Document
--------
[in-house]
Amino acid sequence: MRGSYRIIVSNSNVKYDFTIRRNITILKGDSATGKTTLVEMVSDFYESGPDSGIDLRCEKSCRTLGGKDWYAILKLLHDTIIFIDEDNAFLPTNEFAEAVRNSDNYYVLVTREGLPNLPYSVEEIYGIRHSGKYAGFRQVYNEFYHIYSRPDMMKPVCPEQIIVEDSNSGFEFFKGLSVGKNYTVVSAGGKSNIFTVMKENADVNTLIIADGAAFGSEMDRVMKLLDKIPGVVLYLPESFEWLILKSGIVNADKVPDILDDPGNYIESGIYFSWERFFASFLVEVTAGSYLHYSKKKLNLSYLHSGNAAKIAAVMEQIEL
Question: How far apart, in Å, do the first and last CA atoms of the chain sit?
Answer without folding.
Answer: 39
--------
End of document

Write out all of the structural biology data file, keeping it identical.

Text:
[in-house]
Amino acid sequence: MRGSYRIIVSNSNVKYDFTIRRNITILKGDSATGKTTLVEMVSDFYESGPDSGIDLRCEKSCRTLGGKDWYAILKLLHDTIIFIDEDNAFLPTNEFAEAVRNSDNYYVLVTREGLPNLPYSVEEIYGIRHSGKYAGFRQVYNEFYHIYSRPDMMKPVCPEQIIVEDSNSGFEFFKGLSVGKNYTVVSAGGKSNIFTVMKENADVNTLIIADGAAFGSEMDRVMKLLDKIPGVVLYLPESFEWLILKSGIVNADKVPDILDDPGNYIESGIYFSWERFFASFLVEVTAGSYLHYSKKKLNLSYLHSGNAAKIAAVMEQIEL
Question: How far apart, in Å, do the first and last CA atoms of the chain sit?
Answer without folding.
Answer: 39